Bug Out Basics: Your Bug-Out Vehicle Checklist
In my first “Outsmarting the Gridlock” post, I discussed the importance of building a comprehensive bug-out bag for each member of your family. Timing is crucial and there’s no time to pack.
But that article left out one critical piece of information: How will you actually get out of dodge? You’re not planning to hike out to that remote cabin in the woods are you?
For most of us, our bug-out location (whether it’s a family farm or a relative’s house) is simply beyond a reasonable walking distance, WAY outside…
More than likely, you’re going to be traveling by car. You family car, whether or not you realize it, is your “bug-out vehicle.”
Most Americans depend on their cars for everyday use, and their car/SUV/truck is so commonplace that they’ve never imagined truly depending on it in a survival situation…
Well, it’s time to give your vehicle a serious second look. If you intend to “bug-out” of an urban area, your success or failure may depend on your bug-out vehicle.
What Makes a Good Bug-Out Vehicle?
You’re probably expecting me to say “all-terrain tires,” or “four-wheel-drive” are the most important features of a good B.O.V.
Sure, those are nice-to-haves, but these are not anywhere near the top of your checklist. The most important aspect of a bug-out vehicle is dependability – plain and simple.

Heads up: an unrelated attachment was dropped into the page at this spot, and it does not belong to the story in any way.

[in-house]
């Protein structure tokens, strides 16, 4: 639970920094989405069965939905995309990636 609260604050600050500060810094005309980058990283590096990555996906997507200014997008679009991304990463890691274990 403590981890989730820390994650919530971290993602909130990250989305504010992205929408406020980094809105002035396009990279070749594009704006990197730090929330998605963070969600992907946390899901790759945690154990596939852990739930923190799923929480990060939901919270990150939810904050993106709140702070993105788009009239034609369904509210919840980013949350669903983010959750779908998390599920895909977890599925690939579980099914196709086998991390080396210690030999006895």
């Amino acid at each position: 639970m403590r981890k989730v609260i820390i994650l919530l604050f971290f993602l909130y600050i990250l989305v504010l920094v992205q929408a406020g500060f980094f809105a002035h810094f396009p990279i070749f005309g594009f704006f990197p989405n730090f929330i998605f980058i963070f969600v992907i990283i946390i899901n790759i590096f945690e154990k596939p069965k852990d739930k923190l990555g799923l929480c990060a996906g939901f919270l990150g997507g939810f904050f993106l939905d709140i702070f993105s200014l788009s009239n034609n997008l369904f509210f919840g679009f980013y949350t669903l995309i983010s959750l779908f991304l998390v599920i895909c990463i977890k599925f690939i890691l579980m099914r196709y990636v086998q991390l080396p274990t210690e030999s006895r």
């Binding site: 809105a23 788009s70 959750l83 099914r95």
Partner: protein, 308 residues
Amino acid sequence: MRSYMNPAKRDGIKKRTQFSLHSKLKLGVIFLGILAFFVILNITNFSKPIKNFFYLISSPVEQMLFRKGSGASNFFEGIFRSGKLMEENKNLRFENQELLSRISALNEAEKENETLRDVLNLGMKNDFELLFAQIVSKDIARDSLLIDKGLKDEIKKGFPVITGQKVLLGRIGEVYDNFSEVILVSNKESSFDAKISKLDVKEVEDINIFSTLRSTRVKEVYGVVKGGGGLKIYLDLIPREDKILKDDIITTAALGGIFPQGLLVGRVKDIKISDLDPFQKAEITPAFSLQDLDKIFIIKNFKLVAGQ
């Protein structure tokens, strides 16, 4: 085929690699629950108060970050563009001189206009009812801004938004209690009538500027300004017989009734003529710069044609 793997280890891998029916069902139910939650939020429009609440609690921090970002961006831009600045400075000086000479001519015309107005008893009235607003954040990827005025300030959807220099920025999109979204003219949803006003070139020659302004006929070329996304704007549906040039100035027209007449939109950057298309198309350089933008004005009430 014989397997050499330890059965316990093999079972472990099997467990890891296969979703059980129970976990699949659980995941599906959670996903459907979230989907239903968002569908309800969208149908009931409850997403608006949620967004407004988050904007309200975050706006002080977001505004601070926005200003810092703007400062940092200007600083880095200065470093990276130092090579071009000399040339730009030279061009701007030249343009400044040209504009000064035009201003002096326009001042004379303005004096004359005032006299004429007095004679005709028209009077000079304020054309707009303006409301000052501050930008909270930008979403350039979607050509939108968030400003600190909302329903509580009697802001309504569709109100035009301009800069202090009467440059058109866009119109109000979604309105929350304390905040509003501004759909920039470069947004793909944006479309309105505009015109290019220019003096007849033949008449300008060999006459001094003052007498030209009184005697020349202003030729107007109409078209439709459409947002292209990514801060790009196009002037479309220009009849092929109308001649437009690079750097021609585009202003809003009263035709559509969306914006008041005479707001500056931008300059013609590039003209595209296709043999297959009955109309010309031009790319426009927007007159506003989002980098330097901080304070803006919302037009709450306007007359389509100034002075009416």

I don’t care if it’s a Honda Accord or an armored Humvee. If your car has shoddy tires, a history of overheating, or any other reliability issues… it’s immediately disqualified as a bug-out vehicle.
The chances that your car will have to withstand grinding traffic jams or dodge debris in the road are much greater that the chances that it will have to deflect RPGs or climb a mountain.
With that said, regular maintenance is crucial. Here’s a quick checklist of routine maintenance and necessary items that you should keep a running inventory of in your B.O.V.
- Extra motor oil
- Spare tire, lug wrench, jack
- Extra water/coolant
- Jumper cables
- Extra fuel (2-5 gallons)
- Tire repair kit
- Tire pump
- Hand tools (screwdrivers, ratchet set, etc.)
If you have the time and resources, you might consider designating one of your daily drivers as your bug-out vehicle. That way, you can upgrade it as your survival budget allows.
This is when features like 4-wheel drive and all-terrain tires come into play.
Pickup trucks are natural bug-out vehicles, because of their storage capacity and higher ground clearance. SUVs offer more seating and better fuel economy in most cases. Even a sedan can be a perfectly good bug-out vehicle, as long as it has good tires.
Your survival vehicle can give you family far greater storage capacity than your bug-out bags alone. Sine weight isn’t as much of an issue, you can transport extra drinking water, food supplies, and larger firearms (rifles and shotguns) in your car.
Just to be clear these larger items and supplies are in addition to what’s in your bug-out bag. Like your bags, however, these items should also be packed and stored in a place where you access them easily and throw them in the car at a moment’s notice. It’s part of what I call your “5-Minute Crisis Inventory.” More on this in my next blog post.
What Other Essential Items Should Be Stored In Your Bug-Out Vehicle?